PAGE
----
Spain has been at the culinary forefront of world cuisine for decades now. So, among all of the famous Spanish chefs, among the myriad destination restaurants topping the "World's Best" lists, and all of the avant garde theory behind elevated regional Spanish cuisine (not to mention the headline-yielding political divide between the various regions of this Iberian country of late), it seems strange that the closest thing to a national dish would be a plateful of fried potatoes. Yet, this popular (and populist) tapa, this essential Spanish bar food, is generally considered just that. Beloved by everyone from the poorest of university students to the most lauded chefs in the land, patatas bravas are the one dish everybody in Spain loves. Its simplicity of presentation belies both the complexity of flavor of the dish, and the thoughtful preparation required to achieve the perfect patatas (or papas) bravas.
To begin, patatas bravas consist of three elements:
1. Fried potato
2. Spicy (red) sauce
As for the first element, one can argue (and Spaniards do) about what variety of local potato they feel is best for this dish. There's even a potato museum in Madrid if you're looking for historical context and more background information than you'll ever need to happily consume a potato. But no matter, the generally-accepted process is to blanche (or par-boil) the potato first, then dry it and fry it. Some fry it twice, as is done with french fries. Some, like chef Marc Roca at his Barcelona eatery Blau BCN, don't fry the potatoes at all, and instead boil them but make the sauce the interesting textural counterpoint in the dish. It's not traditional bar food patatas bravas, but it is delicious, doused in a smoked paprika and tomato-based sauce and topped with tons of fresh allioli. Still, the frying of cubed, irregularly-cut potatoes is what makes these such a tapas bar staple. You can stick them with a fork or a toothpick and share a plate easily with your eating companions.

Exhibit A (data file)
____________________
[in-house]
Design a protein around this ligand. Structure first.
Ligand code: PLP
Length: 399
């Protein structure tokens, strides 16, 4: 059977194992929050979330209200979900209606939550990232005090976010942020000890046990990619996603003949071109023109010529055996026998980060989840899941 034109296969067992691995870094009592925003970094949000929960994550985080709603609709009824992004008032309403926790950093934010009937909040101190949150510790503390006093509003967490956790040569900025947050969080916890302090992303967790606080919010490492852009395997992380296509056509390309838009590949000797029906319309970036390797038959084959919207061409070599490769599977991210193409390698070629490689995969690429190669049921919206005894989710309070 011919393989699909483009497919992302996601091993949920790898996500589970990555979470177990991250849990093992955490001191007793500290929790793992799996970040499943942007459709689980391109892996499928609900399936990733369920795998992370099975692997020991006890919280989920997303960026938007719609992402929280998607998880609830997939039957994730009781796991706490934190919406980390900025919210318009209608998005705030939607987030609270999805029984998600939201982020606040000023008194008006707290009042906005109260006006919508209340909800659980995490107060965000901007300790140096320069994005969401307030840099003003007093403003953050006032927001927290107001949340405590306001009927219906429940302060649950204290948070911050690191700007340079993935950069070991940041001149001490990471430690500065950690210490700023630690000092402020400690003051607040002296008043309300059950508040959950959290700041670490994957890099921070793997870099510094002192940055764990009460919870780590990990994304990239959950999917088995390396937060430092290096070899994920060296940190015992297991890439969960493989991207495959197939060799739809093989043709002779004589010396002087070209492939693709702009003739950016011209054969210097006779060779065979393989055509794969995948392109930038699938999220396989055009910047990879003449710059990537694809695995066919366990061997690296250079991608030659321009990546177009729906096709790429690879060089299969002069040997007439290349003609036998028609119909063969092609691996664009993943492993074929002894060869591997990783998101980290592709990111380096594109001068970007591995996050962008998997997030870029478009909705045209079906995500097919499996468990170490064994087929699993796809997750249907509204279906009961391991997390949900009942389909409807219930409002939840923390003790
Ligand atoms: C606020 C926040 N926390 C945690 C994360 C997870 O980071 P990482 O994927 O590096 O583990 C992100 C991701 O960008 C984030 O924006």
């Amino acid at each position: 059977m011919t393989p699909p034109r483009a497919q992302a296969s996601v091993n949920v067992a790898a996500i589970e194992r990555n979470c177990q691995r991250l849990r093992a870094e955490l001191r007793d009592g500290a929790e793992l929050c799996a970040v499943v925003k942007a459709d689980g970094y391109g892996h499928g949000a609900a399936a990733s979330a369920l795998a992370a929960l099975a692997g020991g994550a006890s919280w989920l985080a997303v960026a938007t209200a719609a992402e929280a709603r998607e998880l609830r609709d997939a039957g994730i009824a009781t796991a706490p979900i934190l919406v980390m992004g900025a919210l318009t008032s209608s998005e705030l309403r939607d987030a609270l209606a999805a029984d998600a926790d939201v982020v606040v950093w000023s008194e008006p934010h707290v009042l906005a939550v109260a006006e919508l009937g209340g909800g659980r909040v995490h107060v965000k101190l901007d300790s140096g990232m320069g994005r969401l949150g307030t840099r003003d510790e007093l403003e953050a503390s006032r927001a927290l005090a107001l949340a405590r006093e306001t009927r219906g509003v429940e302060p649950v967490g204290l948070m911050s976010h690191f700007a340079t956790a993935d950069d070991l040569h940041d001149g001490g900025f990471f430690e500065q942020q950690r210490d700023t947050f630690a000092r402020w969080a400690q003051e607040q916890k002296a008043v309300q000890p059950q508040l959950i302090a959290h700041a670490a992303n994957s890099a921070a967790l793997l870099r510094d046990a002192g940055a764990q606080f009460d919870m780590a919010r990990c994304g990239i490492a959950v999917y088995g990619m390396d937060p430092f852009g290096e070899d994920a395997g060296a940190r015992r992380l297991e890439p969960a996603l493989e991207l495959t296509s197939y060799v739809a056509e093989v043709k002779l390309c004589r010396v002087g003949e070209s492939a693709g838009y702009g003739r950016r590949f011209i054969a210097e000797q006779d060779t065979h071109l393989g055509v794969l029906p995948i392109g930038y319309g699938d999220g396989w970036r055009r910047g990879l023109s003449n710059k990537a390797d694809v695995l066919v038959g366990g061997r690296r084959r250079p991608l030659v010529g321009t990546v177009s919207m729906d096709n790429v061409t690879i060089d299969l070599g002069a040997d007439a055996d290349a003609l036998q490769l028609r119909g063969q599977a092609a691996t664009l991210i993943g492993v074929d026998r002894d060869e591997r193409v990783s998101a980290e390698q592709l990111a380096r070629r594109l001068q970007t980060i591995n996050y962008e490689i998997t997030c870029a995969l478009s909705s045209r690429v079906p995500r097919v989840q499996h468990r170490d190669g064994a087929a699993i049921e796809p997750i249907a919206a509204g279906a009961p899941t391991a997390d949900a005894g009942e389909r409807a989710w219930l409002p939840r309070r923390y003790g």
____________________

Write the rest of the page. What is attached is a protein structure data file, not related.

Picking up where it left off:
As for the sauces, here the regional variances come into play. Element #2 is the (usually) spicy, (usually) red sauce. Generally speaking, it's some combination of tomato sauce, vinegar, paprika, and a hot sauce like Tabasco, along with any random spices (black pepper, cumin, cayenne, etc.) the preparer likes to add to enhance the sauce's flavor (if at all). It is said that this piquant sauce has basque roots. We know one thing for sure: a true spicy sauce for patatas bravas cannot be ketchup. Period.
The allioli (ay-OH-lee), the Catalan word for a garlic mayonnaise, is the other key sauce. In Catalonia they often forego the egg in making this white sauce, though egg certainly acts as a binder and makes the allioli fluffier. These are some of the many modifications one might make in creating an allioli. There are certainly many variations on the aliioli itself: black garlic, smoked paprika allioli, lemon allioli, truffle allioli -- just a few of countless possibilities and among those I've tried on patatas bravas. Net-net? They're all good. It's garlic mayo, at the end of the day, so we're looking at a very high baseline deliciousness quotient!
The beauty is in the melding of all of the flavors, and these flavors are best absorbed by a hot potato. Think of the potato itself as a malleable base, a blank canvas on which you can pour other layers of delicious flavor. To me, a perfectly fried potato is a textural dream, already the holy food trinity of potato, fat, and salt. So adding spice and creaminess with the kick of garlic on top of it? Perfection, any way you look at it.